Picking fuels and technologies to power the trucks and equipment in the future is more than just the satisfaction with the initial choice
October 12, 2021 | Diesel Technology Forum
The next best short-term option for meeting ultra-low NOx requirements is diesel.
Which fuel is best for meeting the nation’s heavy-duty trucking needs? Electric, natural gas or diesel? New policies setting future ultra-low emissions standards for nitrogen oxides for heavy-duty vehicles have been adopted in California and are expected to be announced early in 2022 by U.S. EPA. The rules don’t dictate which fuels can be used – diesel, natural gas and electric are all possible – only that the technology complies with the standards. Other policies are advancing the introduction of zero emission vehicles like electric and hydrogen.
In a recent briefing the International Council on Clean Transportation (www.theicct.org) explored these new standards where they compared the capabilities of these three powertrain types in meeting an ultra-low NOx standard across four key areas: feasibility, cost, health impacts and climate impacts. They concluded that the outcomes for each (type of fuel/technology) are not the same.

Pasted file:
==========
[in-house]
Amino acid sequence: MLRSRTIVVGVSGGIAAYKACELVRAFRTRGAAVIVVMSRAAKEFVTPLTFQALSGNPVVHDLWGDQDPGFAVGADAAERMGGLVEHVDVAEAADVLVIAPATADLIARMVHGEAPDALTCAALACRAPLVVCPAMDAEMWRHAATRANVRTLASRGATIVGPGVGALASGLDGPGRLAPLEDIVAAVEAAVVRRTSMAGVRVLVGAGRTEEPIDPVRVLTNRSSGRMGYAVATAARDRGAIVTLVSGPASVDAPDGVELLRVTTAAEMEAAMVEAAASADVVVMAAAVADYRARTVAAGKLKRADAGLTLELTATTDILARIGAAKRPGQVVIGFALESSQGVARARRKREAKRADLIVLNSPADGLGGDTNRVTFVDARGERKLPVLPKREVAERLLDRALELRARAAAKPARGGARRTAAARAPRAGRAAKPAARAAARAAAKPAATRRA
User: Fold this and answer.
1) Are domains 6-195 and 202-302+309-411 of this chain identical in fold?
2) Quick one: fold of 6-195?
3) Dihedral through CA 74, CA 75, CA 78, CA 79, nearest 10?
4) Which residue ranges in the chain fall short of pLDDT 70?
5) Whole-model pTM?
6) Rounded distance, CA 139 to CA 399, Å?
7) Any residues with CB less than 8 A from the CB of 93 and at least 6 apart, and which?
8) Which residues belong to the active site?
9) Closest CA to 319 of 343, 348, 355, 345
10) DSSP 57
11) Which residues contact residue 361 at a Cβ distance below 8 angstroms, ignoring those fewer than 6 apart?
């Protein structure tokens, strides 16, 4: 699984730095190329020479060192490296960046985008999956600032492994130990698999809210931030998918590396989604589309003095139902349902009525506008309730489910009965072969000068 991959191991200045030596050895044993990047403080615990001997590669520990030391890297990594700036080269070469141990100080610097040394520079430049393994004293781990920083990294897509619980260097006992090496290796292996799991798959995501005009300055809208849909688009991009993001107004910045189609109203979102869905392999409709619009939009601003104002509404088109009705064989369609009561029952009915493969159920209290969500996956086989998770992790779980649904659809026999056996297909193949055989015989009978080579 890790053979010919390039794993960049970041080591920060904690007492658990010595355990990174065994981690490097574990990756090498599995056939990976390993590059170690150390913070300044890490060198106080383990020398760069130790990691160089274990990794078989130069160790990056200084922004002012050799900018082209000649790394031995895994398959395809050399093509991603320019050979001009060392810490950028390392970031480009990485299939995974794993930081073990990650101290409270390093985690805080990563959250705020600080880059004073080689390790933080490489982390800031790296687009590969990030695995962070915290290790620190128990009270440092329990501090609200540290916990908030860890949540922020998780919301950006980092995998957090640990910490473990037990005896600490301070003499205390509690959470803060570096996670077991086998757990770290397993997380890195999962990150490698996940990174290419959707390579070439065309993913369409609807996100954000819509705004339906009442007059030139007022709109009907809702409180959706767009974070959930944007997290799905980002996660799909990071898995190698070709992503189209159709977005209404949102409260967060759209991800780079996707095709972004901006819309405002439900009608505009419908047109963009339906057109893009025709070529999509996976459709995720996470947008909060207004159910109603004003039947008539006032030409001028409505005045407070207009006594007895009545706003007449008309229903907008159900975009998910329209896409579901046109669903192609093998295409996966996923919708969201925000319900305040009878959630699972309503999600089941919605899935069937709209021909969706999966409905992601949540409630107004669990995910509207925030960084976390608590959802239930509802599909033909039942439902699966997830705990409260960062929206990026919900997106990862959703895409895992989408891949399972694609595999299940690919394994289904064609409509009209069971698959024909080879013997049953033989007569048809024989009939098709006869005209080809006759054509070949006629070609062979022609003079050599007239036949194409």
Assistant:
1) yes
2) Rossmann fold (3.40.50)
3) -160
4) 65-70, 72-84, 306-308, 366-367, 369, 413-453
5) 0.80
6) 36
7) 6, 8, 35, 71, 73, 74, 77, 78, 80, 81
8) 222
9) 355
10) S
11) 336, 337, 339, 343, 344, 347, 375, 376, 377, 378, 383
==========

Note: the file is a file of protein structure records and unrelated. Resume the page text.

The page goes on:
ICCT concludes: “Diesel, natural gas, and electric heavy-duty vehicles can all be designed to limit tailpipe NOx emissions to ultra-low levels required by California’s soon-to-be finalized omnibus rule. The costs to do so are similar on a total cost of ownership basis. Of the three technologies, electric vehicles have the lowest overall health and climate impacts, and it is crucial that regulations be put in place to support a transition to 100% electric HDVs as soon as possible. However, it is unlikely to be possible to transition to a 100% electric HDV fleet within the time frame of the regulation (2027).
“In this case, the next best short-term option for meeting ultra-low NOx requirements is diesel. Diesel is a better alternative in the immediate term than natural gas for three main reasons: (1) adoption of natural gas vehicles would require significant investment in new infrastructure that could slow the transition away from fossil fuels; (2) the overall health impacts from natural gas due to high emissions of unregulated pollutants (ammonia and ultrafine PM) are significant; and (3) once fugitive methane emissions are factored in, natural gas heavy vehicles are on average more harmful to the climate than heavy-duty diesel vehicles.”
The briefing highlights the challenges and merits of each fuel type:
This insight from ICCT demonstrates the importance of carefully evaluating technologies and how they will meet the needs of the short term and long term.
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